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Thursday, March 3, 2011

Omote and Ura, part 2

I'm on the road now, and I'll need to go more indepth with this post later.  I'll probably need some video to help this make sense too.

Omote is the public face.  In martial arts, the Omote techniques are often the more linear and more direct movements.

It is my observation with professional assault restraint techniques, the movements that are more conducive to working in a formation are more direct and linear.  They are simpler looking (not necessarily easier). 

The Uke will be sent back the direction they are coming.  This means that the Uke will be falling into their own formation, and disrupting their colleagues more.

A turning motion would have an Uke crashing into your own line.  Big turning motions would have you disrupting your own formation.  If you knock your own people over, the whole formation becomes less stable and more vulnerable.  If you can stand side-by-side and fight effectively, the formation becomes more dangerous.

The Romans made heavy use of formation fighting, as did many major cultures.  How to fight as part of a cohesive group was the major secret to strategy in years gone by.  A war started to be a strategic game, instead of a large collection of one-on-one battles.

In most basic Omote techniques, they are techniques that are well suited to being a part of a formation.  The later uses of Omote and Ura in Aikikai are murky and less likely to fit these constraints.  Techniques like Shihonage didn't have an Omote or an Ura in the past and I suspect both major versions were really Ura.  Shihonage Omote throws Uke into the people standing beside you.  Most Shihonage variations involve turning.

The frequent direction changes of the Ura techniques would play havoc against a formation.  They aren't suited to fighting as part of a cohesive group.  They are well suited to breaking a formation and they give the individual against the group more advantages.

Ura, the hidden teachings, would affect the balance of power.  You could learn the Omote techniques and be a solid part of a formation, but the linear approach is limited against a group.   With the Ura movements, a single individual could stand against the social order.  These were the techniques that allowed a leader to stand in front of his men with less fear.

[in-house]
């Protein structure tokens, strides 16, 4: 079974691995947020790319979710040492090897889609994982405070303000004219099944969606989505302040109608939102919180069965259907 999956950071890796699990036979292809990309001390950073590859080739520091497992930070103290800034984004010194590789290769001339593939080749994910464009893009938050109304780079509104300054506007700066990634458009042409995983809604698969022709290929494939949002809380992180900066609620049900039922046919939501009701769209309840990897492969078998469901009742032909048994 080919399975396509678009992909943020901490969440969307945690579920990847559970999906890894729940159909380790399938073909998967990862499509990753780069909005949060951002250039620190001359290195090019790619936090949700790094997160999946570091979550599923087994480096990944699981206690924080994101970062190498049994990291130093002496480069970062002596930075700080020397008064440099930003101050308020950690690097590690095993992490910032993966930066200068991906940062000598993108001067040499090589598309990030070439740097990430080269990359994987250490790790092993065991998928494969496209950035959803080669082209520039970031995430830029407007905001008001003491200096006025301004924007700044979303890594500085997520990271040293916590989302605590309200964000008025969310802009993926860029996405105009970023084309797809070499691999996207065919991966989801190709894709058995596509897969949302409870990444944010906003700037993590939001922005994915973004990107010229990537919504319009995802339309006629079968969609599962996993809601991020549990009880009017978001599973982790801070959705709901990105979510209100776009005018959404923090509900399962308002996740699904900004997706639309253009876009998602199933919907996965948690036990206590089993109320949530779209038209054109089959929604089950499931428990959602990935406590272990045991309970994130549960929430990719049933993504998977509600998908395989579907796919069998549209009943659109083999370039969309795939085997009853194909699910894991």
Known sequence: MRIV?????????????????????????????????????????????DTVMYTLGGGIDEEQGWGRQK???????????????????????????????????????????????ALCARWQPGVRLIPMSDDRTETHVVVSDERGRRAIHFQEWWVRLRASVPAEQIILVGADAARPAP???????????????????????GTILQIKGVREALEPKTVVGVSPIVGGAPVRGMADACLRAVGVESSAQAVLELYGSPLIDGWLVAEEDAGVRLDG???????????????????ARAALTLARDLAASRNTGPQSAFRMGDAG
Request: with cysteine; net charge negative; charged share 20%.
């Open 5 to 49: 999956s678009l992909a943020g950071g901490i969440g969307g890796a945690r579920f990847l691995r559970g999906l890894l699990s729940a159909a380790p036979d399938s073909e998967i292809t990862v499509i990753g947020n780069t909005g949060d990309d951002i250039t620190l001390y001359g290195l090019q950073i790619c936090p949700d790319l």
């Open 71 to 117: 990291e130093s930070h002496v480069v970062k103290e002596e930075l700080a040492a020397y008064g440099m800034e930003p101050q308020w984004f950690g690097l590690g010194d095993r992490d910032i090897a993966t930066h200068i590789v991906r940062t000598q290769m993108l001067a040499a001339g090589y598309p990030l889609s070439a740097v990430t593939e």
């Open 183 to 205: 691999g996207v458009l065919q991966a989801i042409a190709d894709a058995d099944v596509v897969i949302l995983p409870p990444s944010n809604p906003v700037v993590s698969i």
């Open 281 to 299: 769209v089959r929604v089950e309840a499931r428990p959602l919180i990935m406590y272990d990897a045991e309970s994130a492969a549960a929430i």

So this is how I think the names Omote and Ura were maybe to be used initially.  Omote made you a useful member of the rank-and-file.  Ura let you stand alone against many, and would have been taught to the leaders.

Lately, "real combat" to most people is a third type of senario.  One on One doesn't restrict the movements being used as much as Omote, because you don't need to worry about hitting people beside you.  The turning motions of Ura leave you more vulnerable because your attention isn't where it needs to be.  It actually becomes pretty artificial and encourages poor awareness, but this senario can happen.

Running to the side of the room makes sense against a formation.  It makes no sense against a scattered group. 

Getting behind a group by yourself doesn't change things much, but if you break the line to get behind and you are part of a group, the people you are attacking are at disadvantage.  They are having to fight in two directions.  This is like a pawn in chess getting to the other side of the board and becoming the most powerful piece on the board.

This is how I started to find meaning in Omote and Ura, after doing some reading before and finding the ideas unclear and not overly useful.

1 comment:

  1. That's very interesting. I can see parallels with how xingyi was taught to the rank-and-file troops and bagua was used by individual bodyguards.